If you use an e-reader, the books, magazines and newspapers you read may not be as memorable as the paper versions. Because according to a study in the journal Ergonomics, we remember less when we read from a screen. We also have a harder time comprehending what we read. Here’s why:
First of all, reading from a screen requires more activity in our brain’s visual cortex. That means there’s less energy available for the parts of the brain that process and store information and make memories. Scientists also believe that content on e-readers is less memorable because we associate paper books with learning. While we associate screens with fun, entertainment and social activities, like texting, games and movies. So, we’re more likely to concentrate and retain information from a printed page.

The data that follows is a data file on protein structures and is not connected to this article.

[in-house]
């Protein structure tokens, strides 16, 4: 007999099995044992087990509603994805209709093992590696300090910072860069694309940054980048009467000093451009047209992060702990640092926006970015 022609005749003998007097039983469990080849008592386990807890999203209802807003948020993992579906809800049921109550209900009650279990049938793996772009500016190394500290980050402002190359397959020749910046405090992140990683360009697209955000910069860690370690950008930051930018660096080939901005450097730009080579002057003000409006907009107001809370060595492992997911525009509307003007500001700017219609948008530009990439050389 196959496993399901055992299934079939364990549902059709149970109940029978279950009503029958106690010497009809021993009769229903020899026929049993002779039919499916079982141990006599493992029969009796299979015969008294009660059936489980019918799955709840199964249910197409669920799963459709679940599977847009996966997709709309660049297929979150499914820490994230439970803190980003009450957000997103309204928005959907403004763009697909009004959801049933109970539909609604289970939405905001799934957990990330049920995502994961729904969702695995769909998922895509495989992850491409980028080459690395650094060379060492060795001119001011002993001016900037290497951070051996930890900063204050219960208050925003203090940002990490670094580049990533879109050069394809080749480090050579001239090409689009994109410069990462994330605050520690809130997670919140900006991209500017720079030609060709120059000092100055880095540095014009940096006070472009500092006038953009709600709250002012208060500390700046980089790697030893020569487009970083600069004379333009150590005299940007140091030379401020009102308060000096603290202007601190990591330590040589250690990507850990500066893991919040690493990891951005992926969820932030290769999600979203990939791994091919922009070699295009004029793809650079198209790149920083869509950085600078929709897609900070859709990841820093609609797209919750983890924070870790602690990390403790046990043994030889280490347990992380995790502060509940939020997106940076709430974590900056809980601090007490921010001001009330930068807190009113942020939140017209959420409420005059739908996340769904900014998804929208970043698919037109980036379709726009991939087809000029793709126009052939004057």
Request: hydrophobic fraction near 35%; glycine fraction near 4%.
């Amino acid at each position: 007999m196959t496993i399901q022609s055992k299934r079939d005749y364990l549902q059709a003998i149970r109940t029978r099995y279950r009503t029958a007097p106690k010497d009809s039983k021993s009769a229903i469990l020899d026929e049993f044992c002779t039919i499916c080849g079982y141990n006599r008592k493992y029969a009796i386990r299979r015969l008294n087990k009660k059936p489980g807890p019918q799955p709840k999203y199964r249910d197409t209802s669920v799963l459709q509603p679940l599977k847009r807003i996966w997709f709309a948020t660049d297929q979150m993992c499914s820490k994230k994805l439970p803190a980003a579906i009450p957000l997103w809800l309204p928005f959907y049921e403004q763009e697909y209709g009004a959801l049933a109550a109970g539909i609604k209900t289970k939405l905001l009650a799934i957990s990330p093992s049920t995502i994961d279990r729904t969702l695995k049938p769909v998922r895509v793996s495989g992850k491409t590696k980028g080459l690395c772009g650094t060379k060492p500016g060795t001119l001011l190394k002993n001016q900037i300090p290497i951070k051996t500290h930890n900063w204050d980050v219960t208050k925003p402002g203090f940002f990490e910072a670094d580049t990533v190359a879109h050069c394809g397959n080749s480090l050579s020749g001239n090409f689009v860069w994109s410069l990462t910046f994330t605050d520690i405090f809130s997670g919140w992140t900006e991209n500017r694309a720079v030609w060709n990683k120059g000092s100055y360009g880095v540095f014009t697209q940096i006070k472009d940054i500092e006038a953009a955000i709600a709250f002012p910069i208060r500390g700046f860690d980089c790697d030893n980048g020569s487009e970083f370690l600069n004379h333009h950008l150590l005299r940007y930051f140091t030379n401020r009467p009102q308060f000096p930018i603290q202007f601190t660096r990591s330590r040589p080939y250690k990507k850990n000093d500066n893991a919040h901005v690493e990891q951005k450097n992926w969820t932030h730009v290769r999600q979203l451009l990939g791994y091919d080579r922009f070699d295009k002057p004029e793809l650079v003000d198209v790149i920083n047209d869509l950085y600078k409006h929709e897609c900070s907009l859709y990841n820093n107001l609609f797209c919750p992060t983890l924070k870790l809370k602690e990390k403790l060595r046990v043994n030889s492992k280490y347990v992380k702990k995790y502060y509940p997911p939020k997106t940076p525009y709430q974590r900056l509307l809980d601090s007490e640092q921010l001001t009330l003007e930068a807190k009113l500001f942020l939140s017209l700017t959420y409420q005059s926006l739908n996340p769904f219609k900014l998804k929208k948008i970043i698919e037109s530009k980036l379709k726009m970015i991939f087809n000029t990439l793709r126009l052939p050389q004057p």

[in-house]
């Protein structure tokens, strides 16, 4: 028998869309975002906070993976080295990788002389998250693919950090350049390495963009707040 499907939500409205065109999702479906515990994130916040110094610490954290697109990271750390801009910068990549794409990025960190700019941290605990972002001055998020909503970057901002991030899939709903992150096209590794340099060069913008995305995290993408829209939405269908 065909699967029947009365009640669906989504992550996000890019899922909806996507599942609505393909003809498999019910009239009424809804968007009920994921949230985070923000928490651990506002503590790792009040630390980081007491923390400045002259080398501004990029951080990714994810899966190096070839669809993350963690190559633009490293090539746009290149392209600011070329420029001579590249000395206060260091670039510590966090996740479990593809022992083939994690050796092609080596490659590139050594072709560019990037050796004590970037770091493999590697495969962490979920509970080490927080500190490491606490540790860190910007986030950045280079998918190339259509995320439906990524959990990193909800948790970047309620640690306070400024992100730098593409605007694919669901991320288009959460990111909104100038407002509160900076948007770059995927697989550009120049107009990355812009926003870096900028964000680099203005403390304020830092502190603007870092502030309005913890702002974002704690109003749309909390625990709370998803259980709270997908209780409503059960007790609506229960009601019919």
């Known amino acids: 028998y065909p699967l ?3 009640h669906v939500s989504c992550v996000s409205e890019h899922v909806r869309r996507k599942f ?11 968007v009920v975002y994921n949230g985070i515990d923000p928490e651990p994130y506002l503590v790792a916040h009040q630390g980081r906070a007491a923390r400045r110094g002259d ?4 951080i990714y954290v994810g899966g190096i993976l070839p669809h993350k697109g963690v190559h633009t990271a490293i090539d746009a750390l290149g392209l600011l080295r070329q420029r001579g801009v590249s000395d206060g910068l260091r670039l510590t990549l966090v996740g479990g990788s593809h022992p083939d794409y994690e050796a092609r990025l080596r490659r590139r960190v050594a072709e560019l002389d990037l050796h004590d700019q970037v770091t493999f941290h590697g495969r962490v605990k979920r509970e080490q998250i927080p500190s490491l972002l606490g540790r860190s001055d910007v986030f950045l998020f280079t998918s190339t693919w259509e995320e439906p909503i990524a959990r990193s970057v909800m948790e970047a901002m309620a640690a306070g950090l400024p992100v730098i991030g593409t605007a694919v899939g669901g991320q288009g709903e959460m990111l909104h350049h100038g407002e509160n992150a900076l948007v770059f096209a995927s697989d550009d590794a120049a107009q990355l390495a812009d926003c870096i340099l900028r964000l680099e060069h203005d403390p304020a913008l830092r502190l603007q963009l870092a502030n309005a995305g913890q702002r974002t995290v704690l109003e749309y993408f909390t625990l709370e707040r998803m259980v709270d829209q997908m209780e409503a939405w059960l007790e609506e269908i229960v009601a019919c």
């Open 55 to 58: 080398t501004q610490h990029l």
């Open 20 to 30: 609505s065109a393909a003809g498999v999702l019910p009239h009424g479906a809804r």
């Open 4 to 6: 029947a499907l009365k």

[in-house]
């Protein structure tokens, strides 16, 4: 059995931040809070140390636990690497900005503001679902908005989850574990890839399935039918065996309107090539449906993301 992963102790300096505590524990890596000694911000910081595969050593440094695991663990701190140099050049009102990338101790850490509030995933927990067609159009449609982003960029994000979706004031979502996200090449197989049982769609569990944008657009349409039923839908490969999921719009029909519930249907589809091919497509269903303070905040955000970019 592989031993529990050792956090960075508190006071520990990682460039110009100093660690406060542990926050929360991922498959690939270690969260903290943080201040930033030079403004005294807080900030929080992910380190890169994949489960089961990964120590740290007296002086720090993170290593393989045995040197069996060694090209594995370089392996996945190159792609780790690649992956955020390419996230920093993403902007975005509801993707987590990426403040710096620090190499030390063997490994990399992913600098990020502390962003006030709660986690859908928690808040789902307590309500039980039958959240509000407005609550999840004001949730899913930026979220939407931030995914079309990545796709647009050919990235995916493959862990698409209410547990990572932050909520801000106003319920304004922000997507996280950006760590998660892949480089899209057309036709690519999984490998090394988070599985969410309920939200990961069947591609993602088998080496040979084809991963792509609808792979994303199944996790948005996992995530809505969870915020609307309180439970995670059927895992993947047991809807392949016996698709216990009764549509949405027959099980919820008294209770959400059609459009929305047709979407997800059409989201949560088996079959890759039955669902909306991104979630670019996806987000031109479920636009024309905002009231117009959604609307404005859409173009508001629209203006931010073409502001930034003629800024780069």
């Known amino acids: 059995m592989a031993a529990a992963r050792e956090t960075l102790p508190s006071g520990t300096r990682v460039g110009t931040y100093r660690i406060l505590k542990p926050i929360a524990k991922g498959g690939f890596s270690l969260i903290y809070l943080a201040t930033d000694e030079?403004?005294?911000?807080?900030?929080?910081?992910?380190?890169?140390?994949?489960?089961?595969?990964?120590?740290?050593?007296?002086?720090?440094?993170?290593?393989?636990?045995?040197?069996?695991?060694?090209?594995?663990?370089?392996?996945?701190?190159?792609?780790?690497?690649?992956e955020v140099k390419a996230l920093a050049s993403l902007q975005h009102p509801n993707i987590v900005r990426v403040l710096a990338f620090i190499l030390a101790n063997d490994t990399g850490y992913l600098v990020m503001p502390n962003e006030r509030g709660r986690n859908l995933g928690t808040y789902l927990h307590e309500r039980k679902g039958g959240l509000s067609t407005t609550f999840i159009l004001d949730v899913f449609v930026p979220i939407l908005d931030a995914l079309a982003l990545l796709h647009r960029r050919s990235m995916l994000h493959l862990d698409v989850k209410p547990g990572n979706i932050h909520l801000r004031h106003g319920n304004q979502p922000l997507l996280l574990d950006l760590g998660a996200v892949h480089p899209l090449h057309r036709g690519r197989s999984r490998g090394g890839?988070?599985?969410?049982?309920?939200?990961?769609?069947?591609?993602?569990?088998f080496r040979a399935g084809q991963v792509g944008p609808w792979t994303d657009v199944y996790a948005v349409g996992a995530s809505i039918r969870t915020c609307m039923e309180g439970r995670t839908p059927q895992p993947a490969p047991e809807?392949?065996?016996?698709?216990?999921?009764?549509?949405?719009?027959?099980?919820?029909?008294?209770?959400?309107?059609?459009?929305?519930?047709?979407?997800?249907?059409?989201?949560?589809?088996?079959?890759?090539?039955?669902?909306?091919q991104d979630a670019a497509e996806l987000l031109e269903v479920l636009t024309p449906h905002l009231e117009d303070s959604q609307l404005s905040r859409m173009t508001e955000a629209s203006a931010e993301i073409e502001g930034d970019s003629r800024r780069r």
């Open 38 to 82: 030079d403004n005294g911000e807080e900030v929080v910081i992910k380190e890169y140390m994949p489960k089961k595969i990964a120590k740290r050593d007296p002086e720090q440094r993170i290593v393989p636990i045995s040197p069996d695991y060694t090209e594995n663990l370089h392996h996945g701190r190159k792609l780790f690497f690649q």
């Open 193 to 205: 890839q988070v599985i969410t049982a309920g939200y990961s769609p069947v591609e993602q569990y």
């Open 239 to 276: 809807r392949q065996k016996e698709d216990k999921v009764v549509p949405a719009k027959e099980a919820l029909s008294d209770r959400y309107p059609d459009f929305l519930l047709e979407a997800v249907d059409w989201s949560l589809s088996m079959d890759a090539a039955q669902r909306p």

Of course, this doesn’t mean you should trash your Kindle. Dr. Jan Noyes is a psychologist who studies how people interact with technology. And she says, if you’re studying, the best e-readers to use are the more basic ones with a black and white display, that don’t emit light. They use “e-paper” graphics that mimic the printed page. That’s easier on our visual cortex.
But Dr. Noyes also points out that the comprehension gap between paper books and e readers is getting narrower every year. Because we’re getting more practice getting content from the electronic page. In fact, as e-readers become the standard for getting news and novels, there could be a time when the average person finds holding heavy books and turning pages so distracting that it’ll be harder for them to learn from a book.